isfaction that, as a member of the rivers
and harbors committee of the Fifty-fourth
congress, it was my pleasure, as I thought
It my duty, to cast my vote ami use what
little Influence I might have In behalf of
the selection of San Pedro as the harbor
for Southern California. (Applause.)
My friends, your chairman In opening the
meeting referred In very feeling and ap
propriate terms to the fact that we are
gathered tonight upon the anniversary of
the birthday of the great martyred presi
dent of the republic, and I cannot but join
In that felicitation. And It seems to me
that it is with rare propriety that we meet
upon the anniversary of the birthday of
Lincoln to engage In the discussion of a
question which means liberty and enfran
chisement, not to four million bonded
black men, but to si venty-flve millions of
bonded white and black men (applause,
and has for Its ultimate object the dlsen
franchisement of the energies of the pro
ducers of the world. Abraham Lincoln
Thomas Jefferson. William J. Bryan (ap
plause; are the three great Democrats in
the political history of the United State*
and Democrat in its scientific significance
Is to be defined as one who believe* in the
government of the people, When men are
separated from each other in the perspec
tive of history by generation* we judge of
their similarity In genius, not so much bj
the correspondence of the particular poli
cies which they have supported and en
forced as by the general tenor of their
lives, the spirit and sympathy and direc
tion of their endeavors. Judged by that
Itandard there is very little dissimilarity
between these great men. They all be
lieved, which every p ne ()( - lls milst Q
Beve who expects the republic to endure
md human liberty in its full perfection
!o remain a sure and reaaonable hope to
[be ehldren of men. a believer in the right
to the power of the masses of the people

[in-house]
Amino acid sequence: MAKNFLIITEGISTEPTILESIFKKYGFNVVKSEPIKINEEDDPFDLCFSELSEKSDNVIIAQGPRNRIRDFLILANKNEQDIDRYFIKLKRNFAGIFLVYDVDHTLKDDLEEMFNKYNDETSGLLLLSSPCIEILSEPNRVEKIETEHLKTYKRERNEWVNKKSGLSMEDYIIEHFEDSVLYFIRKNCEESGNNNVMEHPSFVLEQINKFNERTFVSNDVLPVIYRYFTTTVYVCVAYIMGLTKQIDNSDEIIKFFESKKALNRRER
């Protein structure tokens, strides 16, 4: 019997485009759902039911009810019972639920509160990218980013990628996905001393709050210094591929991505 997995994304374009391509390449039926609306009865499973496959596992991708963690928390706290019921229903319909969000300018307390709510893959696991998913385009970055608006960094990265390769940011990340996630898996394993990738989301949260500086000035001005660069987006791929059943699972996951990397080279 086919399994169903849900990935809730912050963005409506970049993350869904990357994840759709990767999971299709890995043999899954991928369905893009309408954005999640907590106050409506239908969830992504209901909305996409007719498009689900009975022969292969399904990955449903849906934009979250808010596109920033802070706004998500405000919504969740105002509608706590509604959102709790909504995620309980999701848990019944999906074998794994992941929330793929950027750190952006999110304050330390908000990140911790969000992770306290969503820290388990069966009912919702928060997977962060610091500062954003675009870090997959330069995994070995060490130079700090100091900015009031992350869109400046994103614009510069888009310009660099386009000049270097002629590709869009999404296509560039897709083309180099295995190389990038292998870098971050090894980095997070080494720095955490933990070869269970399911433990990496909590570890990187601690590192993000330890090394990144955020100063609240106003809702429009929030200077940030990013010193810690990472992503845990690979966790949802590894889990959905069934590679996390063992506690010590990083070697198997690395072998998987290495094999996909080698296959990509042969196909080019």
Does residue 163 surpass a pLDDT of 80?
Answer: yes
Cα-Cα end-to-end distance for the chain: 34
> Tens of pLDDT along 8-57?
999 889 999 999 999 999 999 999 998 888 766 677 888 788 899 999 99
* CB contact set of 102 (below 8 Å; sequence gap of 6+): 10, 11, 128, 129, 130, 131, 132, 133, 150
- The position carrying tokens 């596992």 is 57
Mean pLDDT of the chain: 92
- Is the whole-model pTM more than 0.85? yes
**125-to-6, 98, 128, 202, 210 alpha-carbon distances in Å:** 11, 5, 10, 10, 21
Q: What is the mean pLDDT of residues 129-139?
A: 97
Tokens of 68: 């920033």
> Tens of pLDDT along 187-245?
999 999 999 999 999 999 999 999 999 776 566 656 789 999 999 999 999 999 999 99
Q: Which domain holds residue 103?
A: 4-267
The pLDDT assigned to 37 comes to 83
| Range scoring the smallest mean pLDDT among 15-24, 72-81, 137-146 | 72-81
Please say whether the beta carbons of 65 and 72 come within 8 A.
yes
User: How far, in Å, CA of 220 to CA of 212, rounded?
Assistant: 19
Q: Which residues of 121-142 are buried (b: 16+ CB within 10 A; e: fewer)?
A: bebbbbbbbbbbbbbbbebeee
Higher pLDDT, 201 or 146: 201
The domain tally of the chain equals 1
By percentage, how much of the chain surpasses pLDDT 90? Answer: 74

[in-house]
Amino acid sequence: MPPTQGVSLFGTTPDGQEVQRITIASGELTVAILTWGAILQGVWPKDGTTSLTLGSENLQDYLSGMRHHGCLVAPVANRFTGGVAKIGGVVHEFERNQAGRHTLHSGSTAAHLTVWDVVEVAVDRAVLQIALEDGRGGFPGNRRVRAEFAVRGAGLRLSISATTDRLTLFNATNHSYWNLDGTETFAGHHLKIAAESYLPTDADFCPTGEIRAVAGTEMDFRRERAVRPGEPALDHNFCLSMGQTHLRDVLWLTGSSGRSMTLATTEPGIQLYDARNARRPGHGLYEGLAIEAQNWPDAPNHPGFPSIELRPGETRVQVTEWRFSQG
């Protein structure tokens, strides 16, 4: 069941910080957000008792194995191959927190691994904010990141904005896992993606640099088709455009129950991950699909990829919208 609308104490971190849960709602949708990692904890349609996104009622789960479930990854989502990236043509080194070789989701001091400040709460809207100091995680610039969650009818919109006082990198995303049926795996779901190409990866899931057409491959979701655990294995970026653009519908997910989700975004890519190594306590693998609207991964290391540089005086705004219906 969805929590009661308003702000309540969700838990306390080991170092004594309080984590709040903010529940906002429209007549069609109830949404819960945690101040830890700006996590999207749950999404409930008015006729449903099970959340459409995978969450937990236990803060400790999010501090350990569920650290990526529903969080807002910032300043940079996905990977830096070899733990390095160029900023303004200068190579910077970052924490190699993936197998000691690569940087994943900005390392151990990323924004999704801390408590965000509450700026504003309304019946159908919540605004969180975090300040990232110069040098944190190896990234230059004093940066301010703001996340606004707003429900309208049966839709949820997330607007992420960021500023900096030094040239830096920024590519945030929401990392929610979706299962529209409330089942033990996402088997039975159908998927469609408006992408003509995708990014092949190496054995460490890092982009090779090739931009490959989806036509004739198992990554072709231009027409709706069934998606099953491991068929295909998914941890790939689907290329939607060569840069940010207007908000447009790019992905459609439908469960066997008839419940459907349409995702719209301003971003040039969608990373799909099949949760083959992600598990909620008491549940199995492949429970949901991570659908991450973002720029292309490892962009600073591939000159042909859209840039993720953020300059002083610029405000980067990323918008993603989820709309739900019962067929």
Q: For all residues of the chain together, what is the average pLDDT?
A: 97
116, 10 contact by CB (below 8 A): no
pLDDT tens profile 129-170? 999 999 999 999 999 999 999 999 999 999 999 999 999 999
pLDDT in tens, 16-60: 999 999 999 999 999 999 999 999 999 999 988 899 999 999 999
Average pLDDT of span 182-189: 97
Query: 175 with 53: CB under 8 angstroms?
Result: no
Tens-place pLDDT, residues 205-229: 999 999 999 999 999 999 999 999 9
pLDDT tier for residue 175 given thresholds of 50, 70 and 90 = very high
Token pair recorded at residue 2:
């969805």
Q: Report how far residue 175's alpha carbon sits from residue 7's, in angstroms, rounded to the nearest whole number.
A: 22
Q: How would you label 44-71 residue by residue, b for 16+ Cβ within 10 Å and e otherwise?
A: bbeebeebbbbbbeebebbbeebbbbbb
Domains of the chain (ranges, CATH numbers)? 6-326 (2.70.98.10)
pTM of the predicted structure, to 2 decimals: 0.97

to govern themselves. (Applause.)
My friends, the American revolution
chose charter Thomas Jefferson wrote'
tas a rebellion upon Ihe part of a great
leopleKc vindicate for themselves the right
of self-government. The emancipation was
the recognition of the defined right of
social and political equality among the
children of men, without the concession
and realization of which there can be no
social happiness, no industrial, permanent
The restoration In the world today of an
equitable and Just measure of the burden
of debts, the restoration and enterprise of
the power to hope, the giving back to the
robbed masses of mankind of the right of
acquisition of property and of holding
what individual effort secures, that it shall
not be taken away as If by the offices of
a thief in the night, by nn automatic rob
bery, due to an elongating money meas
ure that values up the burdens of all debts
and taxes, Is itself an appeal to the same
rights that were vindicated In 1776 and In
1860, and its realization is Just as neces
sary that the progress of the world ami
the happiness of society may go on..
The chairman of the meeting tonight re
ferred to the campaign as having opened
now. Let me assume to correct in a
measure the statement of the judge, and
let me say that the campaign has never
stopped. (Applause.) The campaign of 1900
began the day after Bryan's nomination In
1596 (applause) and it will go on until the
day of his election in WO. (Great applause.)
My friends, there never has been in the
history of politics In this world a parallel
—even a suggestion—of the campaign of
1896. Abuses have grown old. powerful,
almost respectable, in the I'nited States.
The great selfishness of men in one form
and another has been the Nemesis of every
civilization that has ever arisen and fallen
lln all the history of tho world, and had
Ingratiated itself Into the controlling forces
of both of the great political parties of the
country, and whether Cleveland was In or
a. Republican administration was in made
little inference. These great influences
raised their money with most marvelous
impartiality, saw that the right men were'
nominated, and then contributed with the
same impartiality to both campaign funds,
and cared not a rap which man was elected
(applause!, knowing that whatever presi
dent sat in the White House and whatever
administration should preside in ihe de
partments, they themselves would de
termine the interpretation of the statutes
of the United States: that they by the mere
than sovereign right of usurpation of au
thority could write Into the statutes of the
I'nited States what pleased them and
suited their interests.
The people were some time in realizing